I went to off get my DSLR and macro lens, but when I returned they were nowhere to be found. This all happened back in June and we've not seen them since. But that's true of many of the insect critters we see in the yard. But now we know that they are here, and will be on the lookout.

🐞  🐞  🐞  🐞  🐞

You can find all of the Yard Critter posts listed here.

Bad Bird Photos of the Week

The other day Patty, who subscribes to every bird alert there is, received a text,"American Golden Plover at the Burlington County Fair Grounds". And as the fairgrounds are just a few miles up the road from us we had to go.

When we arrived our friend Terry, who is doing a Burlington County big year, was already there, bemoaning the large number of Killdeer, over 100, making the search for the plover, a Killdeer sized bird, that much harder.

Our target bird is dead center in this image, in which there are also at least five Killdeer. I used my Canon SX70 HS, the camera with the 1365 mm equivalent lens, and it is still a 'speck bird'.

We also had to contend with a large flock of European Starlings which kept flying about en masse.

Fifteen Starling, ten Killdeer, and one American Golden Plover.

There was also an Upland Sandpiper wandering about that I saw but did not photograph.

The fields in the Fairgrounds are off limits*, so one needs to bird from either the parking area or from along Route 206. And hope that you can get close enough for a good look This is pretty much the best we did.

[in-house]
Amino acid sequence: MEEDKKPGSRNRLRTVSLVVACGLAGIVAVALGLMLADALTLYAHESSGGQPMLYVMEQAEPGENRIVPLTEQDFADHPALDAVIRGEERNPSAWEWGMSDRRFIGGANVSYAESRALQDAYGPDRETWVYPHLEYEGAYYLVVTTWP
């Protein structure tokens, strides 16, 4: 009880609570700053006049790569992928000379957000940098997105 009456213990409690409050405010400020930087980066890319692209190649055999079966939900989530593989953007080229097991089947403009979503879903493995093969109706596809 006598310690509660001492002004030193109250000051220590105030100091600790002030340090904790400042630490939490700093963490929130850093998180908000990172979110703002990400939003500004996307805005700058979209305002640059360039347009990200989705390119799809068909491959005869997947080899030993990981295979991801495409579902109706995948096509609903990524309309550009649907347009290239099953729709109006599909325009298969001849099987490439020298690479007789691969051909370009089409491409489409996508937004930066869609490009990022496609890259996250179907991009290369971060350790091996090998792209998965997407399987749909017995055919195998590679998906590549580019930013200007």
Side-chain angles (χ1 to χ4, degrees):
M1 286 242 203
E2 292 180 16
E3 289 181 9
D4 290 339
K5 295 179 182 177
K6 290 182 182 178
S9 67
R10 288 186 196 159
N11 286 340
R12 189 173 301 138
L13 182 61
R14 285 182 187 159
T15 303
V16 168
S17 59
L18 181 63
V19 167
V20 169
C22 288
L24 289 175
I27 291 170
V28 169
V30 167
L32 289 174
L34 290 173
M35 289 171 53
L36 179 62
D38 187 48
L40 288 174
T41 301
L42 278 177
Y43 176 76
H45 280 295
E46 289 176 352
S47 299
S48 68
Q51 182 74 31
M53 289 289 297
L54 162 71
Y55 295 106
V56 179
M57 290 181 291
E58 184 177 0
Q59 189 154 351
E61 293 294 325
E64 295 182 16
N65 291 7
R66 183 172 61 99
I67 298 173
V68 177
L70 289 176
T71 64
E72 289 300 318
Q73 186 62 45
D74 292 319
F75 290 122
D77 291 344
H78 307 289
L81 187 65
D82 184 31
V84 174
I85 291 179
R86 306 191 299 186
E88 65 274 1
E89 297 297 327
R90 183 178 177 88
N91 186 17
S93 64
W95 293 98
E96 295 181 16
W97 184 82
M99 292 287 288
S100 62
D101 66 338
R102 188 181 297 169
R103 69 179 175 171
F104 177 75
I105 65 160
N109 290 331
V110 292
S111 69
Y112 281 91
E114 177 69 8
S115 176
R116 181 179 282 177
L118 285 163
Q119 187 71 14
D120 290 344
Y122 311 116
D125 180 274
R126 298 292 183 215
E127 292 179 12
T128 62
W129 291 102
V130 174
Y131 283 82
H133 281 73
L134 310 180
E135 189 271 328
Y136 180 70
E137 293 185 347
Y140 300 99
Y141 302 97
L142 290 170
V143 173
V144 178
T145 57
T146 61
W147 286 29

🦅  🦅  🦅  🦅  🦅

* The fields are off limits ostensibly due to a Bald Eagle nest in the center of the fields. However, any young have long fledged by now, so it is not clear why it is off limits year round.

And one time I did have permission to wander about the fields. I was doing grassland bird surveys for NJ Audubon and a Vesper Sparrow had been reported here. So myself and fellow surveyor Bill Margaretta were asked to check it out and see if we could relocate it. We were not successful. But we did find eight male and two female Dickcissel, the males signing and defending territories. This at a time when one Dickcissel, found in north Jersey, was lighting up the bird alerts. And we couldn't tell anyone because the fields were off limits. And we had no effect on the Bald Eagles.

Sunday, August 25, 2019


Okefenokee National Wildlife Refuge is consists mainly of a large swamp, located in southern Georgia with just a tiny bit in northern Florida.

I went there looking for a bird. This bird: